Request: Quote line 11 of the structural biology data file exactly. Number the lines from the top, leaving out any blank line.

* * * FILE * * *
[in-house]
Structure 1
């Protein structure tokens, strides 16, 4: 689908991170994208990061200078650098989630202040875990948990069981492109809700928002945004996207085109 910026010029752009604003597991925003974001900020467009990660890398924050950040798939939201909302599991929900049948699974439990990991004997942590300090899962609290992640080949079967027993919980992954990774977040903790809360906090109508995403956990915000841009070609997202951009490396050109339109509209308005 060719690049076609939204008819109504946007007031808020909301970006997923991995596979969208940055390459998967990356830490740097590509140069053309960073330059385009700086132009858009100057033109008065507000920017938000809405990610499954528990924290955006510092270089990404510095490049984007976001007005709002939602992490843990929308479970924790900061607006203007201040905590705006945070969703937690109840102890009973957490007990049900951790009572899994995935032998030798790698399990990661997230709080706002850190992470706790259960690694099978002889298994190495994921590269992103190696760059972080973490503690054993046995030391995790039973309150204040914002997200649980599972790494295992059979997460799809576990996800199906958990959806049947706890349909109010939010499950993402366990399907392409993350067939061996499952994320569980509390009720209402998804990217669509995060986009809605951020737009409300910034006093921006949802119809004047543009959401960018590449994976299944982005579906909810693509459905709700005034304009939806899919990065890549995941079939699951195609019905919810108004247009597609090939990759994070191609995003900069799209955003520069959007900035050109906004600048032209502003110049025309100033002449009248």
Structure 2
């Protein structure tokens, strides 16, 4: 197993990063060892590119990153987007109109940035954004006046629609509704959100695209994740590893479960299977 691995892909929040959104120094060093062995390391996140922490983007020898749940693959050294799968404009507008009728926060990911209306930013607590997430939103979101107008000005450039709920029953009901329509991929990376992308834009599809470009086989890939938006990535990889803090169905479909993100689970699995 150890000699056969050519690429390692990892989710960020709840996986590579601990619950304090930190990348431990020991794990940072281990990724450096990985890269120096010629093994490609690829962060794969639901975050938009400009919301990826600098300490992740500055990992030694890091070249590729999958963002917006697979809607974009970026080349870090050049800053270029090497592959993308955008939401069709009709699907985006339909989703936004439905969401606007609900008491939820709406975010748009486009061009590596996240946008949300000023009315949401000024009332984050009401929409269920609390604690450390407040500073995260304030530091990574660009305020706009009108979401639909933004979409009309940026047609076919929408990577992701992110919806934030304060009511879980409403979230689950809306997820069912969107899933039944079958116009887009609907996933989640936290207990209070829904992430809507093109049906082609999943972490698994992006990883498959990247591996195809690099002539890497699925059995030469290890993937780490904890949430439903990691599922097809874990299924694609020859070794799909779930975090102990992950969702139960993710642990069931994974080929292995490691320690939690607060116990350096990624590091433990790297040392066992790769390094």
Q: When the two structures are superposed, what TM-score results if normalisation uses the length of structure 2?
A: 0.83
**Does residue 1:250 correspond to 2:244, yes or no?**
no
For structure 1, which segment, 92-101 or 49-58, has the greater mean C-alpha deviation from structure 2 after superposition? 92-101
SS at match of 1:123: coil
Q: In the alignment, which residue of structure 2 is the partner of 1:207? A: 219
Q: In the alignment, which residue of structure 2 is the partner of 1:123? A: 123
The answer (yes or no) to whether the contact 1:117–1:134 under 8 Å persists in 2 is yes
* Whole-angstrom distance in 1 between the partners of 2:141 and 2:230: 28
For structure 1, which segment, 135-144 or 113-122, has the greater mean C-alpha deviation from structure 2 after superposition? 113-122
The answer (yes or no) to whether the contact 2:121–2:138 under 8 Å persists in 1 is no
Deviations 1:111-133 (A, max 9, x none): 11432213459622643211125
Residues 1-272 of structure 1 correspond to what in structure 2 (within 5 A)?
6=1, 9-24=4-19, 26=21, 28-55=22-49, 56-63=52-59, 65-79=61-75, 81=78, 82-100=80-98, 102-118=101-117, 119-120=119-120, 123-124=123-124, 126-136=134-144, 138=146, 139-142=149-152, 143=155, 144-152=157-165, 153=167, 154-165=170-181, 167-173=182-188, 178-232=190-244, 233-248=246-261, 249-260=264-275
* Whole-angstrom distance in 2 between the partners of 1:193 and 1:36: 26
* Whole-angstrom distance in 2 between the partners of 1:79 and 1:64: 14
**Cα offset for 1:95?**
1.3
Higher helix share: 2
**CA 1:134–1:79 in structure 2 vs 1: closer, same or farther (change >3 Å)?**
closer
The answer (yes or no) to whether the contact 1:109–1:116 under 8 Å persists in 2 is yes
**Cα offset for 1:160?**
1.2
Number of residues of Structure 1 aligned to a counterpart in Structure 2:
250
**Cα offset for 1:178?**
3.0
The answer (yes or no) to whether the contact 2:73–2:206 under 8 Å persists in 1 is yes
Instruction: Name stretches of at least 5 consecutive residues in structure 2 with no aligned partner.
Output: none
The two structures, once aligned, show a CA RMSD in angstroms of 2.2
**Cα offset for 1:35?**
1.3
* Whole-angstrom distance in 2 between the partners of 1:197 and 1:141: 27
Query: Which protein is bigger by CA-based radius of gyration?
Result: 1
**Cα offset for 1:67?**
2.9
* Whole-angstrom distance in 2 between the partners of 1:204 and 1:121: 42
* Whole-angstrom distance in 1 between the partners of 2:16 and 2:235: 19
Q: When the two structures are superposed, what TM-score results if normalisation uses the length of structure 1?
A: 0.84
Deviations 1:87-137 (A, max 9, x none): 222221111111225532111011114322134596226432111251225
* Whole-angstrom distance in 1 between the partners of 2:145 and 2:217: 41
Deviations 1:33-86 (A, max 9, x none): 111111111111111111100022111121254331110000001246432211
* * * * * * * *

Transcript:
SS at match of 1:123: coil